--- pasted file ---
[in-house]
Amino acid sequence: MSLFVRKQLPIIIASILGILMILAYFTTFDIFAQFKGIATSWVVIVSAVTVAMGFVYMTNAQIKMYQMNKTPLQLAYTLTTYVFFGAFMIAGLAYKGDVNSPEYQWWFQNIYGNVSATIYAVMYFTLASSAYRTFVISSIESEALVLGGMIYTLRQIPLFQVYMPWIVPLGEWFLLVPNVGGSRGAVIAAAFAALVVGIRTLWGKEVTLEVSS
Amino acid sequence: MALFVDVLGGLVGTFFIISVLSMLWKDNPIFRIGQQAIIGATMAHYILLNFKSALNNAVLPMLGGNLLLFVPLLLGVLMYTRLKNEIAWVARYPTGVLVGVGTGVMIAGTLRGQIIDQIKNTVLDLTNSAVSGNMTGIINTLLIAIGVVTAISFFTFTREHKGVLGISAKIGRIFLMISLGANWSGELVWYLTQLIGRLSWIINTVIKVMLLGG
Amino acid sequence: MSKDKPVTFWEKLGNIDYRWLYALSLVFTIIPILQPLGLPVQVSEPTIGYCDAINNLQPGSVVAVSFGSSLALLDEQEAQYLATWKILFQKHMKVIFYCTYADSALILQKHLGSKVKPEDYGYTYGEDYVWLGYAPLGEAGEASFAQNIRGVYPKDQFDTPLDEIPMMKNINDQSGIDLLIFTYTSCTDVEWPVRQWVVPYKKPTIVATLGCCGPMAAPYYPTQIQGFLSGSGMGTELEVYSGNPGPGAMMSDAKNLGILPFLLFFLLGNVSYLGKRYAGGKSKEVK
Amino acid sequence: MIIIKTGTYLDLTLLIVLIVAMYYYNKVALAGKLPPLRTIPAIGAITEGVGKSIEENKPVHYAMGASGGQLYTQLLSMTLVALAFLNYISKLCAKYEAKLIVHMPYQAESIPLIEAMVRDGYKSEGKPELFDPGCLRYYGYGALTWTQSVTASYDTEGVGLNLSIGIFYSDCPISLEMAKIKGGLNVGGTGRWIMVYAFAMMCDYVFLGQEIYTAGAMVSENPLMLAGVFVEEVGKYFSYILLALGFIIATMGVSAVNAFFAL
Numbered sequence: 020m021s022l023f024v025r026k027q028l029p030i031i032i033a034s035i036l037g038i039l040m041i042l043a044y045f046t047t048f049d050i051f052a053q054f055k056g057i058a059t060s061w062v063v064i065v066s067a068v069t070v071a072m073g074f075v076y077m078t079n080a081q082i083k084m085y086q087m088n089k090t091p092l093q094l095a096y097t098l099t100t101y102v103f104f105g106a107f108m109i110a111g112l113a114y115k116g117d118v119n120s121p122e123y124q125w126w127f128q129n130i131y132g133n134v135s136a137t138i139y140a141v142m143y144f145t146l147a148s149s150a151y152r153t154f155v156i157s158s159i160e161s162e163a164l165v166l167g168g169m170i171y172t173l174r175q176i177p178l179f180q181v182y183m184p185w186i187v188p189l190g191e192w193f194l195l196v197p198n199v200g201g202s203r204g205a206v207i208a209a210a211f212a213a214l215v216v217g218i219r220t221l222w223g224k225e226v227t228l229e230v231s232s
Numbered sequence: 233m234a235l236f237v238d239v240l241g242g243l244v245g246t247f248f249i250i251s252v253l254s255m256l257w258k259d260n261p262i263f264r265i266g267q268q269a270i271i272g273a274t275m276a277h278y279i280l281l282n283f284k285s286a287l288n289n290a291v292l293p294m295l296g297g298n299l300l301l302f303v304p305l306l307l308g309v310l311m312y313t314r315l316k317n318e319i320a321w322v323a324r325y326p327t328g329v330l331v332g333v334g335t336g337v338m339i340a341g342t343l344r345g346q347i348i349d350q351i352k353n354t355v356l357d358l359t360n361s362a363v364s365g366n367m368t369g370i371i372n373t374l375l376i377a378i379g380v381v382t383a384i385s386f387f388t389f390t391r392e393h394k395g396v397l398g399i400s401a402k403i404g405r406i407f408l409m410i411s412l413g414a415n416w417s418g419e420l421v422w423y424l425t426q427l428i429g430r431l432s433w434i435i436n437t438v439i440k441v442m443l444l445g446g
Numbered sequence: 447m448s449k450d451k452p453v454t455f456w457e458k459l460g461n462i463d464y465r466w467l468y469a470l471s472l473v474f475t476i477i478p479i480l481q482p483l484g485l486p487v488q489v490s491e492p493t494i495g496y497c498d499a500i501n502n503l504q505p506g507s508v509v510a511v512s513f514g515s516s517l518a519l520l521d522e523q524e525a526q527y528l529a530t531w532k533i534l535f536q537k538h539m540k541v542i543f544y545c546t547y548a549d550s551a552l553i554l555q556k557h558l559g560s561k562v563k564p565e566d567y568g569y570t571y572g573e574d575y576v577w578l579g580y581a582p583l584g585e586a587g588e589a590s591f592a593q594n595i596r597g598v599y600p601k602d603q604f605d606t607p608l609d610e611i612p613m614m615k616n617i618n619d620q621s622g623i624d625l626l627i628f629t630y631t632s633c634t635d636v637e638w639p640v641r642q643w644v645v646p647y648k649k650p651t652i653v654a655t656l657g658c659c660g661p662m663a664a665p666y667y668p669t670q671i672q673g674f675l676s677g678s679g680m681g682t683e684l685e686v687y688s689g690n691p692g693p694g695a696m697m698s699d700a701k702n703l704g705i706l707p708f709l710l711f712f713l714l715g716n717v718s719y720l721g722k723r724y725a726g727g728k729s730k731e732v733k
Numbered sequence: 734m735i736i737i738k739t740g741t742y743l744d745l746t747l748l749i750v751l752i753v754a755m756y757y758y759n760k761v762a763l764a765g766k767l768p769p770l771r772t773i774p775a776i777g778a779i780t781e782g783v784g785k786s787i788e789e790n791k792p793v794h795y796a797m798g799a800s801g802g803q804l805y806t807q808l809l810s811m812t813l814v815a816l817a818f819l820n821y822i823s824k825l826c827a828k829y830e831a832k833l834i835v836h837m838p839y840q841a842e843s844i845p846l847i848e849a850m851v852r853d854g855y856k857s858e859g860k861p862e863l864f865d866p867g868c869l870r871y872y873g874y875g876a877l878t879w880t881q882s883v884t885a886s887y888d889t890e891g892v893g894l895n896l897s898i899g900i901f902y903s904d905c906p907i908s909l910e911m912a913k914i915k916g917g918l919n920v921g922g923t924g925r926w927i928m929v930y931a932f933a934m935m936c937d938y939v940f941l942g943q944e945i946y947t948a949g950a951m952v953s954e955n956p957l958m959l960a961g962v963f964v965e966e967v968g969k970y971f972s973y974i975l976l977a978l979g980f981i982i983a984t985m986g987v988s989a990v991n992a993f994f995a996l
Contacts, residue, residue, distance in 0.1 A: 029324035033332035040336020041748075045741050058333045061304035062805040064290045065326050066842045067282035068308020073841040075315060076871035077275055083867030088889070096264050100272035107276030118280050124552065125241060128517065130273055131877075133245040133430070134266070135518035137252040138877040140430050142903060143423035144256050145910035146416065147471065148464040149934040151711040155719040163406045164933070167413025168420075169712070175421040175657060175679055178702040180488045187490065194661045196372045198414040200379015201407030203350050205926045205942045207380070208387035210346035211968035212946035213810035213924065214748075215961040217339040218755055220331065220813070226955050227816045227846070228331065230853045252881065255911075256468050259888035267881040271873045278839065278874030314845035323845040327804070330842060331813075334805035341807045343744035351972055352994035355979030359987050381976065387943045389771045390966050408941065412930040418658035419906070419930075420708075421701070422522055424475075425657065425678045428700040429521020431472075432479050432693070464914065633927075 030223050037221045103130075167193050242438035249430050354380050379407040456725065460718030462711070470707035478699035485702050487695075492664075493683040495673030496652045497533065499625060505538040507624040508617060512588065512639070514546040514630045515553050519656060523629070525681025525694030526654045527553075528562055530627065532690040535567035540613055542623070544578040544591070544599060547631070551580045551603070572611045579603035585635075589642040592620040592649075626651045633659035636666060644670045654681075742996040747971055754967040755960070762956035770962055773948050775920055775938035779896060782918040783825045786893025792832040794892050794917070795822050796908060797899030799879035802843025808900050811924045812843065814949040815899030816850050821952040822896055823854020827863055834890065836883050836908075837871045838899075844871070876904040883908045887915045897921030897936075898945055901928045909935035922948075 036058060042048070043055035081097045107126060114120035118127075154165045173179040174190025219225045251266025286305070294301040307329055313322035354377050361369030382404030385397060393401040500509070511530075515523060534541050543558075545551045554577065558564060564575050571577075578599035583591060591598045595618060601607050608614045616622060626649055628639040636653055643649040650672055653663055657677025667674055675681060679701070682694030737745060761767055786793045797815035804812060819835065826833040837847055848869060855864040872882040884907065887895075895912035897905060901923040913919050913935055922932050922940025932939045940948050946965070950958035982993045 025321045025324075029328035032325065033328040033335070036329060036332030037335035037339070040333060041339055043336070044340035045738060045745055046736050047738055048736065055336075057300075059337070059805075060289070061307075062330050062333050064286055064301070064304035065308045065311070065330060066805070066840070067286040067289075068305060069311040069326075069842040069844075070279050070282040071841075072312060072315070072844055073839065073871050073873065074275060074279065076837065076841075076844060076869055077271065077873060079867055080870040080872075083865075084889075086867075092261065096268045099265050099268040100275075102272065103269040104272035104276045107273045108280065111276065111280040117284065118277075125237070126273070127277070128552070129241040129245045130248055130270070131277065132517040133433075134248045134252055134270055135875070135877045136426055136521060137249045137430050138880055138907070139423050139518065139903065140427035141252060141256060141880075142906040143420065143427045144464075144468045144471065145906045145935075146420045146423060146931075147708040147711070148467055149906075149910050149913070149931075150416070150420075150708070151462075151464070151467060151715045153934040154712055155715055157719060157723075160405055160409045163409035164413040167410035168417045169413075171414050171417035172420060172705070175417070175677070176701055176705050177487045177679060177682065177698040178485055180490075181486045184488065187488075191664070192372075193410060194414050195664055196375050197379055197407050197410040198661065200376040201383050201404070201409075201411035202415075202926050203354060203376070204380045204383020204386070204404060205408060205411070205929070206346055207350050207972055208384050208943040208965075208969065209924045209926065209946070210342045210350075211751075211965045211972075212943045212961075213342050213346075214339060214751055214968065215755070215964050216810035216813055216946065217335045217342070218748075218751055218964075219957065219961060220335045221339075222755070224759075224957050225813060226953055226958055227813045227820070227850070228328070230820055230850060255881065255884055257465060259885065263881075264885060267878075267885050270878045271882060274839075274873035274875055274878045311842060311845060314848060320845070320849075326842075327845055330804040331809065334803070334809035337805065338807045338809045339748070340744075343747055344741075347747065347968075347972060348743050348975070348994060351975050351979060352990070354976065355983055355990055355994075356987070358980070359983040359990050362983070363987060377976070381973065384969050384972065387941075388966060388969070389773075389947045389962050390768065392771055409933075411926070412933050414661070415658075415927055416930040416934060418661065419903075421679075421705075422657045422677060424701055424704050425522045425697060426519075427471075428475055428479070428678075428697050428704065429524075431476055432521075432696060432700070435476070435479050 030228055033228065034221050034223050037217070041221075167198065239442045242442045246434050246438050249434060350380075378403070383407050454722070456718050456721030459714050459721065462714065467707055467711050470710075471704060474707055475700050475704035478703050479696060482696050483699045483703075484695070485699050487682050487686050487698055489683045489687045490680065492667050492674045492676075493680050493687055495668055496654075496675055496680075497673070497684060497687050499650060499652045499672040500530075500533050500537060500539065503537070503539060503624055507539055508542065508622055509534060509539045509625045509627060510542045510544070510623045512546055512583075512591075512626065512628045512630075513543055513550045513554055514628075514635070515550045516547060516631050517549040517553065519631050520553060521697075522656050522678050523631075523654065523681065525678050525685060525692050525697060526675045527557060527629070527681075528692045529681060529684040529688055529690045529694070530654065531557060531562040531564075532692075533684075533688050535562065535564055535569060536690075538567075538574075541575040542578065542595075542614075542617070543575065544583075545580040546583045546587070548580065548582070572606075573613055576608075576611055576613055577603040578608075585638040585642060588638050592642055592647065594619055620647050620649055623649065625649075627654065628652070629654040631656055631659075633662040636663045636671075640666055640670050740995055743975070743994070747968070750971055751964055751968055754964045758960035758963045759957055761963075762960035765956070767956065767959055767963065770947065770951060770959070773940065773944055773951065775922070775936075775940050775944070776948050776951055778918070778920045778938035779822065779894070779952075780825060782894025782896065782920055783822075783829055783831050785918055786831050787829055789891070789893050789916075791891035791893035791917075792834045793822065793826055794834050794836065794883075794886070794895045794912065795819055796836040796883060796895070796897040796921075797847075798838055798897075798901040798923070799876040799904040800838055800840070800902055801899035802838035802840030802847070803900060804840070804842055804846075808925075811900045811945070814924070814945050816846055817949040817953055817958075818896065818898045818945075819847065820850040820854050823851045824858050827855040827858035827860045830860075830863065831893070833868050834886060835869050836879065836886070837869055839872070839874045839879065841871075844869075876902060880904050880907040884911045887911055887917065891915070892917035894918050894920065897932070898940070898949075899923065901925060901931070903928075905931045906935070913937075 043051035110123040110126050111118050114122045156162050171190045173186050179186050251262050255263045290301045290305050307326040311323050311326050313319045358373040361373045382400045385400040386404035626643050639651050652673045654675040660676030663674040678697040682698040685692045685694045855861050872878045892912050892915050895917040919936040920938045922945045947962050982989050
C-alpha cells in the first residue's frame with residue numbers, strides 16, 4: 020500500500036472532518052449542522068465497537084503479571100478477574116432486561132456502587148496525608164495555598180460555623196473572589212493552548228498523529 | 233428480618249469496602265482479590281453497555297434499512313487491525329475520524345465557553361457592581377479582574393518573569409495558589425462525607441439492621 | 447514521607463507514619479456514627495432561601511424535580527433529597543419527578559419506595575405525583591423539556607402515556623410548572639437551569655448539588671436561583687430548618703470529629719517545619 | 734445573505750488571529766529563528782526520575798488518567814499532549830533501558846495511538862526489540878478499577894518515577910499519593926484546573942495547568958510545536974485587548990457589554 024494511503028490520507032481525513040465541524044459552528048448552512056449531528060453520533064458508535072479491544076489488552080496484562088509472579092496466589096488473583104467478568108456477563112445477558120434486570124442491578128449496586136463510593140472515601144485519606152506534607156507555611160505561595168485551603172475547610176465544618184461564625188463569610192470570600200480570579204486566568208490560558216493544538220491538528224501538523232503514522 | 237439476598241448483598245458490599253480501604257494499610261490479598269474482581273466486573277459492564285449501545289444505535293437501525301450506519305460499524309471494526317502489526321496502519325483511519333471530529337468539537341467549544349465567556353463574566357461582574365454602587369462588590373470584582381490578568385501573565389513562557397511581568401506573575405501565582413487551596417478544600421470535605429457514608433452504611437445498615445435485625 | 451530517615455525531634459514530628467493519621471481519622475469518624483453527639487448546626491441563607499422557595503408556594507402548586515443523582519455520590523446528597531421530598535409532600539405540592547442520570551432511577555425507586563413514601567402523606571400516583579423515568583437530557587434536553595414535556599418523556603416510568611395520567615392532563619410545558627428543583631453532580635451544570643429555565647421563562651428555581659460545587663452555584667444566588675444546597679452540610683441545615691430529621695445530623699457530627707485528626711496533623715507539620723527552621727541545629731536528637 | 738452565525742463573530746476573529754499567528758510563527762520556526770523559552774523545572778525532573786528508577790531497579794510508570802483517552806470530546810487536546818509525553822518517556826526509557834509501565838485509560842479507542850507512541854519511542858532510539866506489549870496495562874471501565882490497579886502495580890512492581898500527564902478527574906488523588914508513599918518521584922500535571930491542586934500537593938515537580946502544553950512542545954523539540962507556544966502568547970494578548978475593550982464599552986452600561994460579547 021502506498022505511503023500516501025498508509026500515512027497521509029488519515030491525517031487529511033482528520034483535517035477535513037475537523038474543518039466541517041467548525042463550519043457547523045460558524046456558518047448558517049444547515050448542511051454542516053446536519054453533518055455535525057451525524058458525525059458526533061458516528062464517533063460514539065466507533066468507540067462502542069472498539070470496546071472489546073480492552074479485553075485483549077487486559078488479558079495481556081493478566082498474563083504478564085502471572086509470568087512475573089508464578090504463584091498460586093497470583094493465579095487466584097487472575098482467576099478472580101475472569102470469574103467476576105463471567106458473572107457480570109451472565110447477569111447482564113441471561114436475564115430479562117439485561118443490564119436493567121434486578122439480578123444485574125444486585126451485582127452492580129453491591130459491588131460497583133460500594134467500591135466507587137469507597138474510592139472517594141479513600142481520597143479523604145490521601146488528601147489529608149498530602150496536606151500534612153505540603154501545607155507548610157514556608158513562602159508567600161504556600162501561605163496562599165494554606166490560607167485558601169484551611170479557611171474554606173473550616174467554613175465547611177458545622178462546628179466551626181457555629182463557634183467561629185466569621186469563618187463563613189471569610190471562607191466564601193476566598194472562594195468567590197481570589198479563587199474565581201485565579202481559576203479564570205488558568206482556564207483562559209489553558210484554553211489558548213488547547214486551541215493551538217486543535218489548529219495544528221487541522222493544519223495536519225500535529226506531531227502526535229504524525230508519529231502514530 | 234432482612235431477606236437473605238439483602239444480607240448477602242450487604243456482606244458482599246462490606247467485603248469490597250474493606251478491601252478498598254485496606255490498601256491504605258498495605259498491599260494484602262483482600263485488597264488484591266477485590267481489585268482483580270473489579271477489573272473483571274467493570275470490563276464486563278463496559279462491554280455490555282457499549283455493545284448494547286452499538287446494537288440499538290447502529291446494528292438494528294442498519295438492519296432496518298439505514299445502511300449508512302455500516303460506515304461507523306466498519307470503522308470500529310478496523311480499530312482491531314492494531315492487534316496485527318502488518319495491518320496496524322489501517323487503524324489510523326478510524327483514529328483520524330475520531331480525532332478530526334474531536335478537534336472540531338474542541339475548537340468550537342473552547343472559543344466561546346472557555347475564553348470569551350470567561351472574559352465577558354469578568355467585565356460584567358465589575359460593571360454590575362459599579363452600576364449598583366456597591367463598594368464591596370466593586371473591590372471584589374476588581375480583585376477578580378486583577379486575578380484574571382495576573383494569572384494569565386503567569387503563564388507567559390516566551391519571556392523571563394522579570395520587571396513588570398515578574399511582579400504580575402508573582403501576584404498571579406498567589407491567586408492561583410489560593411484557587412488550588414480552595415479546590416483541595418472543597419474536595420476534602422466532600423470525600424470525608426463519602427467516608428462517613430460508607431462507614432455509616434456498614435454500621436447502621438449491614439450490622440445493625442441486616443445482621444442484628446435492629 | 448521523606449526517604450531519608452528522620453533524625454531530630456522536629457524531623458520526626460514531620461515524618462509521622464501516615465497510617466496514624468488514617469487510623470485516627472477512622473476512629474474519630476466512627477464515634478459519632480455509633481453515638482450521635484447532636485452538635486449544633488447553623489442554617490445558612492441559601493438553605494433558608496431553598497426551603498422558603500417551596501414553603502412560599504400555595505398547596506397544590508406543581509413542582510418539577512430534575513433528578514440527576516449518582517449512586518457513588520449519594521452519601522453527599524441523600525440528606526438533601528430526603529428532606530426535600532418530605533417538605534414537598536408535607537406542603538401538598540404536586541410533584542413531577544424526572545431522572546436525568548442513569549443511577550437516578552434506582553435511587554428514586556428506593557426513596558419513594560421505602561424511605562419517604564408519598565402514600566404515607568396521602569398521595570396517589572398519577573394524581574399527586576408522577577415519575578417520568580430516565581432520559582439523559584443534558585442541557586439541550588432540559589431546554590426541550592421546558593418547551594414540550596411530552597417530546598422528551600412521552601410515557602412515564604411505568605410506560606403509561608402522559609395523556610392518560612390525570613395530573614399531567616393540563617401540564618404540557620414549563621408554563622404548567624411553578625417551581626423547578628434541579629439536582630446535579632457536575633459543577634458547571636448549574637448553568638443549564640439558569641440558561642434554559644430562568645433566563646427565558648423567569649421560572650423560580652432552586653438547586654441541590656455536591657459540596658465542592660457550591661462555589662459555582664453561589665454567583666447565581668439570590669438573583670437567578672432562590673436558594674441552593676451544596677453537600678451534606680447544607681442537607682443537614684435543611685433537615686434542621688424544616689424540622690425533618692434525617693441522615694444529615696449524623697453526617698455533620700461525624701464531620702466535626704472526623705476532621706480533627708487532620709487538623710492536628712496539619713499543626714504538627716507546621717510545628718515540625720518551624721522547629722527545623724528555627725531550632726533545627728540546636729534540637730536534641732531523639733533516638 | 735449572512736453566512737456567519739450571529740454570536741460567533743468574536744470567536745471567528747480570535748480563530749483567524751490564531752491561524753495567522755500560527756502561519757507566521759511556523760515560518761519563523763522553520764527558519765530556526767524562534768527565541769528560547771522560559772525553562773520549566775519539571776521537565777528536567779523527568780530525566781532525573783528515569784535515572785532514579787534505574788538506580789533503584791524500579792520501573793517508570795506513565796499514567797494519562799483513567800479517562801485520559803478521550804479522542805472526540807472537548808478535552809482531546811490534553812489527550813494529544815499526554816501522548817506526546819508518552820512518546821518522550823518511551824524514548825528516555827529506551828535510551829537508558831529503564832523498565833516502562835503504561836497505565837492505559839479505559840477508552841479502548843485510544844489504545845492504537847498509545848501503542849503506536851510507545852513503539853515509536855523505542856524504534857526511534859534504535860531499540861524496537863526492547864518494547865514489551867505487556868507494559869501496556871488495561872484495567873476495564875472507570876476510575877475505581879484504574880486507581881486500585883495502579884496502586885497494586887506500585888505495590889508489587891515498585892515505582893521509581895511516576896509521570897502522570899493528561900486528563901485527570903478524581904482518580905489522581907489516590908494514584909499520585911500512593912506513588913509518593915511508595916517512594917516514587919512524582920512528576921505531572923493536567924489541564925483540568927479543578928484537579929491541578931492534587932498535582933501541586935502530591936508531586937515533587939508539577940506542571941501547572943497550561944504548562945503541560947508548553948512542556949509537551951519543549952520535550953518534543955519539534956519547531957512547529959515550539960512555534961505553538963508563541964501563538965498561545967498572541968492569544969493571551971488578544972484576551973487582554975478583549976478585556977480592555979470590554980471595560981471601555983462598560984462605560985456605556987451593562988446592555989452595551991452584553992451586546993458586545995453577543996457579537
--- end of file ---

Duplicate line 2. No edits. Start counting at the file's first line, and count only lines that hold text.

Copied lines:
Amino acid sequence: MSLFVRKQLPIIIASILGILMILAYFTTFDIFAQFKGIATSWVVIVSAVTVAMGFVYMTNAQIKMYQMNKTPLQLAYTLTTYVFFGAFMIAGLAYKGDVNSPEYQWWFQNIYGNVSATIYAVMYFTLASSAYRTFVISSIESEALVLGGMIYTLRQIPLFQVYMPWIVPLGEWFLLVPNVGGSRGAVIAAAFAALVVGIRTLWGKEVTLEVSS